OMB Redefines Government's 'Crown Jewels'


A new policy memo expands the government’s guidance for protecting high-value assets to include every agency and office and broadens the definition of “value.”

The federal government has been revamping old information technology policies this fall and just released expanded requirements for protecting the most sensitive, most critical—most valuable—data and assets on government networks.

It is widely understood in cybersecurity circles that you can’t defend all things at all times. In order to make the most of a cybersecurity program, officials should give added focus to what are commonly called the “crown jewels”—the most important information and apps on the network.

In government-speak, crown jewels are known as high-value assets, a designation codified in a 2016 memo from the Office of Management and Budget as “those assets, federal information systems, information and data for which an unauthorized access, use, disclosure, disruption, modification or destruction could cause a significant impact to the United States’ national security interests, foreign relations, economy or to the public confidence, civil liberties or public health and safety of the American people.”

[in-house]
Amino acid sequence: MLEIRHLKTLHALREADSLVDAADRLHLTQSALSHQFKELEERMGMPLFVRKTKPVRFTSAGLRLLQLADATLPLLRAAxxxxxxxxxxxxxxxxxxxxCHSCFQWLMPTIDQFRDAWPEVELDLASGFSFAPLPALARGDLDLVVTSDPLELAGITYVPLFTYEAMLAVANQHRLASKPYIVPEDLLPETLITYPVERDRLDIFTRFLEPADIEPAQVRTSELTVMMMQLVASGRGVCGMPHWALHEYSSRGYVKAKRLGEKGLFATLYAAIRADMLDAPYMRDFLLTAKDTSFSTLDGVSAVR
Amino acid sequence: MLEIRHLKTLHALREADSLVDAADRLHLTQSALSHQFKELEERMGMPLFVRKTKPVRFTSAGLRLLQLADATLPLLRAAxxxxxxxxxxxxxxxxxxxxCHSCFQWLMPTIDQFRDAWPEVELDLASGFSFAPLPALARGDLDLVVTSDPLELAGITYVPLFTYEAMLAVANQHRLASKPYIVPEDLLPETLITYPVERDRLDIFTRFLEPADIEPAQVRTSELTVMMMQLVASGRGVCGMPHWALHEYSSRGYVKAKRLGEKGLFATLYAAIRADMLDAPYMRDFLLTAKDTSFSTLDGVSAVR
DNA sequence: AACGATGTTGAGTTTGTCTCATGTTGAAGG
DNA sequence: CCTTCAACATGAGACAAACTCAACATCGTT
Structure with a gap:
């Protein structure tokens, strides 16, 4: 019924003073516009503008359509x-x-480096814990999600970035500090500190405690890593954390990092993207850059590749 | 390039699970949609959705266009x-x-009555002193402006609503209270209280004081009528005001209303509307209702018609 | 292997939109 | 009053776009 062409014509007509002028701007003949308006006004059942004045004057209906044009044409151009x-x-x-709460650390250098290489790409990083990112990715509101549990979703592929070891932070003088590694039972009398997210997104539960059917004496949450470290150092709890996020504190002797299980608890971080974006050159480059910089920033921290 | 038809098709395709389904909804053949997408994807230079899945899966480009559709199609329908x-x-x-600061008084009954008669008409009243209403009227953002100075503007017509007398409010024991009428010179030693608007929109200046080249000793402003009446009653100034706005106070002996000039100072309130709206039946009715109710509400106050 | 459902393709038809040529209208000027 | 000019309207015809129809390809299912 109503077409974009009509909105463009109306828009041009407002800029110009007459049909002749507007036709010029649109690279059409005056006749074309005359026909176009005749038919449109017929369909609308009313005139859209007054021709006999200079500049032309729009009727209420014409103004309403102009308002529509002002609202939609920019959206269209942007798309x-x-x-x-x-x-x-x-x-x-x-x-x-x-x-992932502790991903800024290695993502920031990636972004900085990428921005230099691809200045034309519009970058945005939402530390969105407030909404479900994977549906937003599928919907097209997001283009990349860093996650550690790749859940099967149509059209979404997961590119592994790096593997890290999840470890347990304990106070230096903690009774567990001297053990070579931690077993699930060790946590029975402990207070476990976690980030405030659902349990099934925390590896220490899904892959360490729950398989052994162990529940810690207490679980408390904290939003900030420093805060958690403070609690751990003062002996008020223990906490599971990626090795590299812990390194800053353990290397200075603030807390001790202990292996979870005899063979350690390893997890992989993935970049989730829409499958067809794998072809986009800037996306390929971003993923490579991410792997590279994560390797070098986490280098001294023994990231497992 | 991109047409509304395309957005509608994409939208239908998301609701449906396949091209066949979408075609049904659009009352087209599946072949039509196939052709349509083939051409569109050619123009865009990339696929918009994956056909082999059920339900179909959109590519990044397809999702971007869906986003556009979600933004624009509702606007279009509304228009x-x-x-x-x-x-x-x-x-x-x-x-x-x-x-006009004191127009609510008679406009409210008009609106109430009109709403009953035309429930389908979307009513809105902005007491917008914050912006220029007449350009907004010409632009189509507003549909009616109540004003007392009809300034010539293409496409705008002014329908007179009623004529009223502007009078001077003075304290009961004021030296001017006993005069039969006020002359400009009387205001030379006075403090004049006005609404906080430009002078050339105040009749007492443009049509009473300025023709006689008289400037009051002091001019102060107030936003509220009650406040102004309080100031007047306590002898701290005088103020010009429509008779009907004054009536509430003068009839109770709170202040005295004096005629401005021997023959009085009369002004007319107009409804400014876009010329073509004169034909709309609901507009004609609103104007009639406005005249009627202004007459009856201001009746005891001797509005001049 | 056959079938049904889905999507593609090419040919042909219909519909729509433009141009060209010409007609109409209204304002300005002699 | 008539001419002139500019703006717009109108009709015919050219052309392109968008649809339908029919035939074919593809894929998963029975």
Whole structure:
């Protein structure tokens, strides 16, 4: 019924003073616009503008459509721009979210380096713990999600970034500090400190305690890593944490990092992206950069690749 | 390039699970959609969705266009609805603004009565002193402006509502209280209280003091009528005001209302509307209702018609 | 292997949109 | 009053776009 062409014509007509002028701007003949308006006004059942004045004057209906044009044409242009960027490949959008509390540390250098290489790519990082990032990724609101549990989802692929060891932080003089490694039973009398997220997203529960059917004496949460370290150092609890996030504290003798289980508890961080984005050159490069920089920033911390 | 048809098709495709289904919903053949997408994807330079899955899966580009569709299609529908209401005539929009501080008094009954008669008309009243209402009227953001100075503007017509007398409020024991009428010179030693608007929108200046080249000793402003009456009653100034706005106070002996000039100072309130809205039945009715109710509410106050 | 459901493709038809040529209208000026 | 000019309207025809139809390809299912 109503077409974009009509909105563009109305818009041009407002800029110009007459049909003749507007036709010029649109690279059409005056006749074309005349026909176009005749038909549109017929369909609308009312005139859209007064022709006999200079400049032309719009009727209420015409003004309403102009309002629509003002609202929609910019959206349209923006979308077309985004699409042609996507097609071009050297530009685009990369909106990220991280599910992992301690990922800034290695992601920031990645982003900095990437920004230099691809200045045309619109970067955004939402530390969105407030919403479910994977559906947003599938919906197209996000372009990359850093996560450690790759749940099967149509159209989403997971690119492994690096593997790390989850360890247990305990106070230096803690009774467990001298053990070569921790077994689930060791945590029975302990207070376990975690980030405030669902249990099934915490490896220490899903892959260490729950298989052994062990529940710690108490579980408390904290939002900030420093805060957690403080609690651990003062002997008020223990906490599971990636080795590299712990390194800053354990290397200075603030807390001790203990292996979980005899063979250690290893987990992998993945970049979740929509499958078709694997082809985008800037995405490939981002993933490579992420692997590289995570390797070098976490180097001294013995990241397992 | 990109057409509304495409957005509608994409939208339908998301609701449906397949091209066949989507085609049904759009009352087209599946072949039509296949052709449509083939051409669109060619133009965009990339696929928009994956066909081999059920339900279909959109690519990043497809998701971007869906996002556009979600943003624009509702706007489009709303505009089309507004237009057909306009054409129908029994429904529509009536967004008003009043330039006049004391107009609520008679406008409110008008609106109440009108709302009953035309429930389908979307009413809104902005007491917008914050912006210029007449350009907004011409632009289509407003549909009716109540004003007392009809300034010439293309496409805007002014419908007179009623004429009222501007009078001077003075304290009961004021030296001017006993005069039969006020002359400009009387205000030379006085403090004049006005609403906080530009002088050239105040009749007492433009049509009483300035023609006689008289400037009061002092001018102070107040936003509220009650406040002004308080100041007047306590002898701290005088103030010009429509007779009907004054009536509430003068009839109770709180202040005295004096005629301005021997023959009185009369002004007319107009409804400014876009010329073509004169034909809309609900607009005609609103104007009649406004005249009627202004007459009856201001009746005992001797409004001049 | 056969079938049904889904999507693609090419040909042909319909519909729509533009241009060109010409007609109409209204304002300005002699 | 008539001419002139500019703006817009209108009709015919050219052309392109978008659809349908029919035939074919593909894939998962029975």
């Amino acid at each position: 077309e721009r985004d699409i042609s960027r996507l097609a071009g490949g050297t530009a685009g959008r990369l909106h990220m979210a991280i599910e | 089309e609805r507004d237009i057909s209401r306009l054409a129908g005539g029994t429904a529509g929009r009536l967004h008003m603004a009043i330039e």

However, the 2016 memo and guidance only applied to the 23 civilian agencies covered under the CFO Act. The new guidance released Monday expands the requirement to all federal agencies—no matter the size or disposition—and updates references to the latest guidance for securing those assets once identified.

The guidance looks to create a unified, strategic approach to managing risk across the federal government by requiring everyone to meet the same standards. The latest release requires all agencies to designate an agency-level office or team to run point on the program, requires agency chief operating officers to coordinate and meet regularly with those teams, and establish information sharing agreements with OMB, the Homeland Security Department and other agencies, as needed, such as for shared assets.

The new guidance also opens the aperture for what counts as “high-value” to include informational value, mission essential or systems that are critical to the federal enterprise as a whole. While individual agencies determine which of their assets fall into these buckets, OMB and Homeland Security also have the authority to deem specific information or systems as critical to national security.

The new policy officially replaces previous memos issued in 2016 and 2017 concerning the Cybersecurity Strategy and Implementation Plan for the Federal Civilian Government, and Management of Federal High Value Assets, respectively.